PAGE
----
The U.S. financial system has held strong through the first 10 months of the pandemic thanks in part to an unprecedented federal response and the unique nature of the coronavirus recession.
While the economy remains deeply damaged and far from a full recovery, early concerns about frozen bond markets and plummeting stocks have largely been left behind.
Even so, 2021 may hold new risks driven by the uncertain future of the economy and federal aid.
The stock market was among the first sectors of the economy hit by the pandemic and the first to totally recover from its early economic chaos. While the share prices of companies in hard-hit sectors remain low, rallying tech stocks and a rebound across other industries unfettered by the pandemic pushed major stock indexes to record heights.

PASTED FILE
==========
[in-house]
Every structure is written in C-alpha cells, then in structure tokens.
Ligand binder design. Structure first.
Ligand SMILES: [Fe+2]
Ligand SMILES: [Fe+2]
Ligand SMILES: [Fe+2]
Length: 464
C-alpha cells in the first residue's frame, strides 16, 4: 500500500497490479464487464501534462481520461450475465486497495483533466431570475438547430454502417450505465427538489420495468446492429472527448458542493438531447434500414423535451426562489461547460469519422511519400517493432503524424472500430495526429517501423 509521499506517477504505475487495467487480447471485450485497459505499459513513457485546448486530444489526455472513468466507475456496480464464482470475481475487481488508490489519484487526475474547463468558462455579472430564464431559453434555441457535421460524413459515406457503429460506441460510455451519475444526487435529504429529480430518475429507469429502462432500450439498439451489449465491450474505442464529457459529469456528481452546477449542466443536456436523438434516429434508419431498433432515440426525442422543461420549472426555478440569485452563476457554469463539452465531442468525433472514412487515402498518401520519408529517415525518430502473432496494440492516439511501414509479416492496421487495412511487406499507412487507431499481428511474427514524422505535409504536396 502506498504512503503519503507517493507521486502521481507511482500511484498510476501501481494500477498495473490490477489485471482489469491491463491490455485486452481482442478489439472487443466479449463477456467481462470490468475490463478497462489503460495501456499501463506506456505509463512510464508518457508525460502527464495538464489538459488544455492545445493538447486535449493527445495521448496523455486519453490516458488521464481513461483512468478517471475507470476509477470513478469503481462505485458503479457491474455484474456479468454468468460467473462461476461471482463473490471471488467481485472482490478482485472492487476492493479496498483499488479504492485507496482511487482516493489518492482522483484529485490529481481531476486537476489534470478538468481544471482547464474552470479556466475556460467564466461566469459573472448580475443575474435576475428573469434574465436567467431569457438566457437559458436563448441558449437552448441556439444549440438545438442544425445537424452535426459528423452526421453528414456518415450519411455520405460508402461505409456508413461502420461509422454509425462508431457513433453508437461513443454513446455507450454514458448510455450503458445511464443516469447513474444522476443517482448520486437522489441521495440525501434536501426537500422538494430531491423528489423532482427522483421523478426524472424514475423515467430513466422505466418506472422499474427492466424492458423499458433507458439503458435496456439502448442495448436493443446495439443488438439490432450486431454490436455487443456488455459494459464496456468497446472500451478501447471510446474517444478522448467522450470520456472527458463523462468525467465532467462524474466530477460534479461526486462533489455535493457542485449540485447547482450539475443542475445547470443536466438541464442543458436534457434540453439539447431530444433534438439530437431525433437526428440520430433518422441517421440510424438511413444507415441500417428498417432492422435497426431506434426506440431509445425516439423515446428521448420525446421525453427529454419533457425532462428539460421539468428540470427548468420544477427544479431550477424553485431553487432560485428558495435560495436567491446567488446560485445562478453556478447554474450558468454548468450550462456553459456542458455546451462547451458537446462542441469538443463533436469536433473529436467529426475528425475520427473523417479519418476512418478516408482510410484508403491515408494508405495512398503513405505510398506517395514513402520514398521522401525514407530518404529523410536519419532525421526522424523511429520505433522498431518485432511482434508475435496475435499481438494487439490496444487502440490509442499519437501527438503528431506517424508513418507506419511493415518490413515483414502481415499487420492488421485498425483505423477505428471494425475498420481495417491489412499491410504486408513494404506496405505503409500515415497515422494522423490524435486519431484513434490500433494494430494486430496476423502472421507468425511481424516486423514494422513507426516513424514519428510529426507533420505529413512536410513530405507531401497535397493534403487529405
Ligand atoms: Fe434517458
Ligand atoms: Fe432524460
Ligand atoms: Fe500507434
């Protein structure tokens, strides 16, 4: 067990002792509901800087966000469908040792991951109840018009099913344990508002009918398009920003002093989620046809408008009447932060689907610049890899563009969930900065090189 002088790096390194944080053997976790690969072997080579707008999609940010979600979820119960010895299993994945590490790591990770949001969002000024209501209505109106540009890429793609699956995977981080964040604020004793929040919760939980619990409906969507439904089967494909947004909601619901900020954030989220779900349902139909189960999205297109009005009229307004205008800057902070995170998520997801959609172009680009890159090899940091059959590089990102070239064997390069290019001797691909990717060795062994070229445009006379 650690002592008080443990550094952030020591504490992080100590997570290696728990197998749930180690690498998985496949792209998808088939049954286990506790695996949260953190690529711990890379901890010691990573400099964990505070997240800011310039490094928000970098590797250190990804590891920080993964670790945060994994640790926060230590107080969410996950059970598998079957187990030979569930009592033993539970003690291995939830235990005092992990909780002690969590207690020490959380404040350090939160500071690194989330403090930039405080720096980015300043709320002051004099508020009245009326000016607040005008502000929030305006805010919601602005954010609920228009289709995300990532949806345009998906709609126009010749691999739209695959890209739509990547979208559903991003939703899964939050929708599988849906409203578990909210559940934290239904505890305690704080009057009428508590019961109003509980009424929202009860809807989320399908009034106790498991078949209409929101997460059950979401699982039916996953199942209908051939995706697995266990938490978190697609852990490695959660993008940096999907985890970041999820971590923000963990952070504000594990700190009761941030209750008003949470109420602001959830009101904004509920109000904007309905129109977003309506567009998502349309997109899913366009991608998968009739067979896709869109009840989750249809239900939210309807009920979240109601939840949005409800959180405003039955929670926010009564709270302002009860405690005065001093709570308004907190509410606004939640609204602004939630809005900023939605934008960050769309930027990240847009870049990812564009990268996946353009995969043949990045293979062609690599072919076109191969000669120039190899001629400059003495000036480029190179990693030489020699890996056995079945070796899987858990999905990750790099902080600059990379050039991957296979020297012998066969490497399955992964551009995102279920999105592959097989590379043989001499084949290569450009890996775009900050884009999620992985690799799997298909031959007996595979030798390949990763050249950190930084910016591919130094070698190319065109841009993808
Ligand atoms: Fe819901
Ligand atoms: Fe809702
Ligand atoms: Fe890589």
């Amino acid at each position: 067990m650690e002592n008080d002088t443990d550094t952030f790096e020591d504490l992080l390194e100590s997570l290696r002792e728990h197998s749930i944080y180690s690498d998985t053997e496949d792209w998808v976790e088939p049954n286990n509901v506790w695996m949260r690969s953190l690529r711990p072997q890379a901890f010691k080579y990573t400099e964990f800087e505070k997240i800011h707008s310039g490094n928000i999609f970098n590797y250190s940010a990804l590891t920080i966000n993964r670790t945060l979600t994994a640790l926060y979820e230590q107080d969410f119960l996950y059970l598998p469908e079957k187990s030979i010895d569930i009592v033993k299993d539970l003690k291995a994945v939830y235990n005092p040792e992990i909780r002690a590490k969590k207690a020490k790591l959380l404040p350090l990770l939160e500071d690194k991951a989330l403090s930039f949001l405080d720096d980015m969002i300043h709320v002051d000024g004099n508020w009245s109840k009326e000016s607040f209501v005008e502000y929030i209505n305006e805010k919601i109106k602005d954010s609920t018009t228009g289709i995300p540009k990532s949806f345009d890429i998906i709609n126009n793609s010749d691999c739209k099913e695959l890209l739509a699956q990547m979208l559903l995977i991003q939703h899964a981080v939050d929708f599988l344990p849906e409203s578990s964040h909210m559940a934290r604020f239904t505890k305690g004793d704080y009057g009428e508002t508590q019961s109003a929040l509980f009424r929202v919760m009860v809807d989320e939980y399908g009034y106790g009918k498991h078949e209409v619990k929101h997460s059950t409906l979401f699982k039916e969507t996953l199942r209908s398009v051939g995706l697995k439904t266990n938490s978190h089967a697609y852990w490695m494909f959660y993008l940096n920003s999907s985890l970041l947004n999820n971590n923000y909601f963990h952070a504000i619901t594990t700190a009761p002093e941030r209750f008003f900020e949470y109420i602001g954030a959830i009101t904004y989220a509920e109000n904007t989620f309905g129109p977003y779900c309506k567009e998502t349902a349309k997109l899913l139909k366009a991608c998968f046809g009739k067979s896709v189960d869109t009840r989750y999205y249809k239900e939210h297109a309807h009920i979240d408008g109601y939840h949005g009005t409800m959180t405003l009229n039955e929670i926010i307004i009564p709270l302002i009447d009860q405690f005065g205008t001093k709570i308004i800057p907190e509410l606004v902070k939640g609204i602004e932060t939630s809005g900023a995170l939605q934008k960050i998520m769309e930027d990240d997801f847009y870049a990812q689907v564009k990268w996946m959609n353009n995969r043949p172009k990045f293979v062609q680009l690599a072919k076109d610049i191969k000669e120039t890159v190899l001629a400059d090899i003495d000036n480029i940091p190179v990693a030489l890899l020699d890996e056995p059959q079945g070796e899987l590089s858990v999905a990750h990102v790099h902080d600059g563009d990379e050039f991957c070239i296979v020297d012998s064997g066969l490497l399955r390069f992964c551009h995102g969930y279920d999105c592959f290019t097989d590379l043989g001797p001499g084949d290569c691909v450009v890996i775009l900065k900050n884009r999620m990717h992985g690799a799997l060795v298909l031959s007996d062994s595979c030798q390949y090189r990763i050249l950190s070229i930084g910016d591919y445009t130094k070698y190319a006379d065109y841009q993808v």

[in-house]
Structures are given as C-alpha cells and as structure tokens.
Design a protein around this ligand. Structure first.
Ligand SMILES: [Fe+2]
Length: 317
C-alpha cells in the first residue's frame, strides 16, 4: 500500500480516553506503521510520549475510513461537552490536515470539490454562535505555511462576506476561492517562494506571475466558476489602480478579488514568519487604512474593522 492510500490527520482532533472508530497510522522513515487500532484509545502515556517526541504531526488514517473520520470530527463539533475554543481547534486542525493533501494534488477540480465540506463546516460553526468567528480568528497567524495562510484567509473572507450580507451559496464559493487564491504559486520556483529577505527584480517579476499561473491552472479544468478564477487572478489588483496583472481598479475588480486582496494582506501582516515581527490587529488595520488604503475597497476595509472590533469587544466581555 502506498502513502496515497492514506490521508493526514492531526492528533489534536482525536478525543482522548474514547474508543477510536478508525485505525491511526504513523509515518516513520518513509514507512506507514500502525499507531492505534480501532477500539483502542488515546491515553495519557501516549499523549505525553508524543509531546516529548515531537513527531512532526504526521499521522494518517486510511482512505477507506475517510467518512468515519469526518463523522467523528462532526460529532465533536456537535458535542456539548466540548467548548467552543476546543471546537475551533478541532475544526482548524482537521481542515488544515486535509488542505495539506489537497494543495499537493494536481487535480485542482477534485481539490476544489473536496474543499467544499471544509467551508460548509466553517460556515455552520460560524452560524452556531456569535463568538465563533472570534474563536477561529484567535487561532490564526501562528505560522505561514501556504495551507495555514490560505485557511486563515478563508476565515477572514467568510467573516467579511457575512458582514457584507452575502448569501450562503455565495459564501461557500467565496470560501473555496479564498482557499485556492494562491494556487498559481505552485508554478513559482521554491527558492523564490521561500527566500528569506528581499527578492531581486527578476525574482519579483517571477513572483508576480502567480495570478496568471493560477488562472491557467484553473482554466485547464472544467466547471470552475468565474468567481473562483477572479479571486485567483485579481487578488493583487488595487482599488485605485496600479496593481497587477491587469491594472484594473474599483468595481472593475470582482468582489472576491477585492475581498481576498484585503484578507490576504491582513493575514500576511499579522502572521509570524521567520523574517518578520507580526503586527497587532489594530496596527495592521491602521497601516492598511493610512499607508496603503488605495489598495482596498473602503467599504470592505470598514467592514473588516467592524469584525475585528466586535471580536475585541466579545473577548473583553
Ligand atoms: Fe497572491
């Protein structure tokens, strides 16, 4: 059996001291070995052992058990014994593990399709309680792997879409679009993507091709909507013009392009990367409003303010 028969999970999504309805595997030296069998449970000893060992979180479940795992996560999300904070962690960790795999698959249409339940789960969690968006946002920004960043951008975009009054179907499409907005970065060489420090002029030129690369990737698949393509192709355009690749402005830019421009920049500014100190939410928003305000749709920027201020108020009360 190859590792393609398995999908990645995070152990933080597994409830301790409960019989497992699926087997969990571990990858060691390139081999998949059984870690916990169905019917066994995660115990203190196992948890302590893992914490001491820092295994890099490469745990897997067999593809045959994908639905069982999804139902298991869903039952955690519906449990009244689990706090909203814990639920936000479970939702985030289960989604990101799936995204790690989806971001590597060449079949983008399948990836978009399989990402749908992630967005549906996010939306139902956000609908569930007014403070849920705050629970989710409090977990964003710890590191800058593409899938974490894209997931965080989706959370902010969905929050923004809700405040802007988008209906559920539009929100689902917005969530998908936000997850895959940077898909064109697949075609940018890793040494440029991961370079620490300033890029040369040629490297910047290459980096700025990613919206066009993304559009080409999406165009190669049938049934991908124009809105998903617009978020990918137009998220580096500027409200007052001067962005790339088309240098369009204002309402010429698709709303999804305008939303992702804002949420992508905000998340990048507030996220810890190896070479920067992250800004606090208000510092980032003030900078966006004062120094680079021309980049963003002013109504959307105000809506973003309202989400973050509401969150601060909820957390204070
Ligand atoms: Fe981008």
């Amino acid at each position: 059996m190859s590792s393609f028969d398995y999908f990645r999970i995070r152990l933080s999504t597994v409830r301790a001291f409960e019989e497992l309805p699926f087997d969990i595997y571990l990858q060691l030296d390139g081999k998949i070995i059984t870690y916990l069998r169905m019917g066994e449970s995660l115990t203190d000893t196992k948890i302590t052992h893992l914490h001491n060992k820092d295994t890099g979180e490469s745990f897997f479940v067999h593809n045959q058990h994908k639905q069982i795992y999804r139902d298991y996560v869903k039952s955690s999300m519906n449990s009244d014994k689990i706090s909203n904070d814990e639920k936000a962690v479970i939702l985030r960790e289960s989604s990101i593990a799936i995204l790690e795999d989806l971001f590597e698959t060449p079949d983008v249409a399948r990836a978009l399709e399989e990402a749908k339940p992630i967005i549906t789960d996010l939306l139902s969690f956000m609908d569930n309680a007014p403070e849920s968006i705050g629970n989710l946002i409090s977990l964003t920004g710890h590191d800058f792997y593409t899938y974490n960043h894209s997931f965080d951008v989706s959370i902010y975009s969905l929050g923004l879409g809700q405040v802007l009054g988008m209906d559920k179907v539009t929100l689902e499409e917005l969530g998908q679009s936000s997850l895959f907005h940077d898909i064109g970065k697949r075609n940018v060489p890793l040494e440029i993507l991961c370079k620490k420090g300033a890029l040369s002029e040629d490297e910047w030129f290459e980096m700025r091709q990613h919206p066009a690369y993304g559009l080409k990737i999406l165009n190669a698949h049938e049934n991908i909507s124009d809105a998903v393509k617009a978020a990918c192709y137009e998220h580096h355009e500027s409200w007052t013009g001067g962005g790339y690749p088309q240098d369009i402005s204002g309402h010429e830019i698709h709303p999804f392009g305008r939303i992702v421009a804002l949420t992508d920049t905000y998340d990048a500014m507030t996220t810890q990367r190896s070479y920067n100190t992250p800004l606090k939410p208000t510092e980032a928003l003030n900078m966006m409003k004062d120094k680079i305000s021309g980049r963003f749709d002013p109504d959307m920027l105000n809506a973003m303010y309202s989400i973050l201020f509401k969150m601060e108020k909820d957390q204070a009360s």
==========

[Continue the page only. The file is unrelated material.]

Another coronavirus-level crash is unlikely barring a massive economic or health setback. But some experts say investors are already positioning for volatility in January, due in part to the Georgia runoff elections that will determine which party controls the Senate.
“The marketplace is indicating more uncertainty as we head into the New Year. It is not often that you see most of the major indexes setting new all-time highs and VIX index settling in the 21% to 24% range,” wrote Brian Overby, Senior Options Analyst for Ally Invest, referring to an index that rises when the stock market is volatile.
Soaring housing prices
Ultra-low interest rates and months of teleworking have prompted a surge in home purchases and sale prices.
Demand for housing has strained a dwindling supply of available homes, pushing median listing prices 13.3 percent higher than in 2019. Construction on more than 1.5 million homes began in November, and building permits rose to their highest level since September 2006.
Tighter lending standards have kept banks from making the same subprime loans that fueled the housing bubble collapse before the financial crisis in 2007 that sparked the Great Recession. But the uncertain path of the economy and the massive gulf between homeowners and struggling renters means those prices could face pressure come 2021.